Friday, January 6, 2012

Changing Shapes

In case you were wondering, I haven't done any garment sewing for a few weeks. We had a bloody inter-species riot among the non-humans of the household: The Angry Terrier bit the foot of The Noisy Parrot. The OCD Chihuahua and The Meek Cockatiel disavow any knowledge of the incident. The injured party is quarantined in the sewing room for his safety. There's not much room to move around in there, so I've put off any sewing projects for the time being.

That gives me an opportunity to look through my pattern collection, which is large. I don’t want to specify exactly how large; let’s just say it’s in the hundreds but it hasn’t yet reached the thousands. Why so many? I don’t know. Why do we collect anything?

I do sew some of them, but mostly I enjoy looking at the artwork. Pattern envelopes have provided a near-perfect record of changing fashions - for the everyday woman of average means - since the late 19th century. The hairstyles, accessories, and sometimes odd poses add so much to the flavor of each decade of style reflected in the drawings.

I have a number of patterns from the 1960s, which I think of as a lively, youthful decade, and most of the patterns reflect that. They also reflect the cyclical nature of fashion - from structured, fitted garments to loose, unrestrictive clothes and back again. These patterns come from the time when the tiny waists and huge skirts of the late 40s through 50s were being replaced by A-lines and straight shift dresses.

Like these:

The waists are not fitted, just crimped with a belt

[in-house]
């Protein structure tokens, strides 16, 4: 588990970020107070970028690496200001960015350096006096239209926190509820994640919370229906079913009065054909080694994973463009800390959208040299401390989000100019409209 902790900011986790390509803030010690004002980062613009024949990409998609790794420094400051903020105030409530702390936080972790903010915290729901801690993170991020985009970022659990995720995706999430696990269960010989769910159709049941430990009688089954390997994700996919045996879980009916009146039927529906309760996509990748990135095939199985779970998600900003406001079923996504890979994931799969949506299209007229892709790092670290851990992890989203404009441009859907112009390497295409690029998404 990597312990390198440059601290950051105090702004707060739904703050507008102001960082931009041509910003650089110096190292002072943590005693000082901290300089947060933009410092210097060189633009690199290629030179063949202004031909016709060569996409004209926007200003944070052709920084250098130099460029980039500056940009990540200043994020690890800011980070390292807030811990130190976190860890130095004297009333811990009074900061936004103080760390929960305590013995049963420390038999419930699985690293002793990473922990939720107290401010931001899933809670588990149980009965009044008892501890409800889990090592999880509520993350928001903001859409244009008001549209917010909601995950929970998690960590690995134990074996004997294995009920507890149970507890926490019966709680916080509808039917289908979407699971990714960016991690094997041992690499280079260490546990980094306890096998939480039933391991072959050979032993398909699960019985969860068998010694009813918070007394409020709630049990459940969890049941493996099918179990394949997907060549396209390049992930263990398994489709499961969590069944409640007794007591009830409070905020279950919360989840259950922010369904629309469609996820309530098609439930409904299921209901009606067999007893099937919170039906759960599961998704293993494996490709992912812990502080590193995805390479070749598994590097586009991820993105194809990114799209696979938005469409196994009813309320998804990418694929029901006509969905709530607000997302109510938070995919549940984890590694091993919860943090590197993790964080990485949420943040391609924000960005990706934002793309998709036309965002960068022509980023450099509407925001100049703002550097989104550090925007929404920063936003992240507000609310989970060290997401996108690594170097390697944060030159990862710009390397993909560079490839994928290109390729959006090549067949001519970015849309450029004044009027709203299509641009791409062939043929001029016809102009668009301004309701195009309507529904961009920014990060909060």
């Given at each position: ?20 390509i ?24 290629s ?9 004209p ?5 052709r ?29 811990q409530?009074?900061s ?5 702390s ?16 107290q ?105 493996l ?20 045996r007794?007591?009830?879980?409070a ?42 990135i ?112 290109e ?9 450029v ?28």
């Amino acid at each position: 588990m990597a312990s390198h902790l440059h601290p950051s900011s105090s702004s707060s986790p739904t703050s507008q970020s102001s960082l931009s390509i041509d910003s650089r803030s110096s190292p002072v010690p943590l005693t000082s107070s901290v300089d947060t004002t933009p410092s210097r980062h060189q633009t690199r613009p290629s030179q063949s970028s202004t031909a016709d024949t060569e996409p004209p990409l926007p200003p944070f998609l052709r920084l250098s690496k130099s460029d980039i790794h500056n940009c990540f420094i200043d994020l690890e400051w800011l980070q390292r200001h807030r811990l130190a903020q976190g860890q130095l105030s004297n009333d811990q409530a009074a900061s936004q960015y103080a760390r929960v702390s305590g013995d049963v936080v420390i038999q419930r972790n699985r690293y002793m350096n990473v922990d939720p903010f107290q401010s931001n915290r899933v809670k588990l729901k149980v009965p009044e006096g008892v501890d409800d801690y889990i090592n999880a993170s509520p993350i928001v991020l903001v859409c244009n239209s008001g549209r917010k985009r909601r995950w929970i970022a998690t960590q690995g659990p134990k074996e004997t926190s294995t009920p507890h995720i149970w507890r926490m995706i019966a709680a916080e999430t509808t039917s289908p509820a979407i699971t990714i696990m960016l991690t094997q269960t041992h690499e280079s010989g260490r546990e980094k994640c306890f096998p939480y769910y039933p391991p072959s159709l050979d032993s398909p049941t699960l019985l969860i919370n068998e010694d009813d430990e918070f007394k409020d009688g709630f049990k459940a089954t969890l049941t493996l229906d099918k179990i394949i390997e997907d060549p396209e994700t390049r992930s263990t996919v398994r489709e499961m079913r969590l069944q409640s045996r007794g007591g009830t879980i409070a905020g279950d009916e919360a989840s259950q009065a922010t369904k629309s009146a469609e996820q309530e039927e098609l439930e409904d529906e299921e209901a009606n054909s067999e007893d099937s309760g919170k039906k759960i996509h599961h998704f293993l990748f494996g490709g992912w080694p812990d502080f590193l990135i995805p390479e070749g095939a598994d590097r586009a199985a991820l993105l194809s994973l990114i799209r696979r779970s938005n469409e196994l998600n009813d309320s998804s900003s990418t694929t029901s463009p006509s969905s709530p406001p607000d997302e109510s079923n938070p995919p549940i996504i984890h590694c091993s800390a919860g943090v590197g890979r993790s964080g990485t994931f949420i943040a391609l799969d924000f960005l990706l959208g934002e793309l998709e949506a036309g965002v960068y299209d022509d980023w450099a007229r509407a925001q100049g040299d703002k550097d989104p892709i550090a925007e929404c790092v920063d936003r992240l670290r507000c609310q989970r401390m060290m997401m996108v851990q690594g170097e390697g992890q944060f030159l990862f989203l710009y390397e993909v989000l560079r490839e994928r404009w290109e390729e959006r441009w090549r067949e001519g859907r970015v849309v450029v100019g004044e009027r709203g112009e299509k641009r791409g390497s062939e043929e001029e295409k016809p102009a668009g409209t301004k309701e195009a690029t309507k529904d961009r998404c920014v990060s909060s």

What do we call these? Is it a shift, or a sheath? Or a chemise?

Some fun details

I know from experience that these are not flattering to my pear shape, but the stick-like ladies on the pattern envelopes look just adorable in these dresses.

Here are some two-piece versions

It was probably quite a relief after girdles and long lines to slip into these waistless dresses. Just toss it on and go.

The same silhouette, but fitted at the waist.

Do you remember these dresses? Did your friends and family wear them?



  1. I love those 1960's dresses! I also enjoy wearing them, and have both modern interpretations and vintage originals in my wardrobe. The two tone version on Butterick 3923 is to die for!

    I'm sorry to hear about your animaupheavalel! Poor babies; there must have been a full moon. :-) I hope that everything gets back to normal soon!

    xo, Anita

  2. Great collection of dress patterns. Thanks for sharing.

    Nearly finished a shift/sheath dress. It's been a pain to fit to my body shape - feel a blog post coming on!

  3. Wonderful collection, Katrina! Although I was well alive in the 60's, it was my mother who wore these ladylike dresses. These drawings always make me want to dress up and go out for tea : >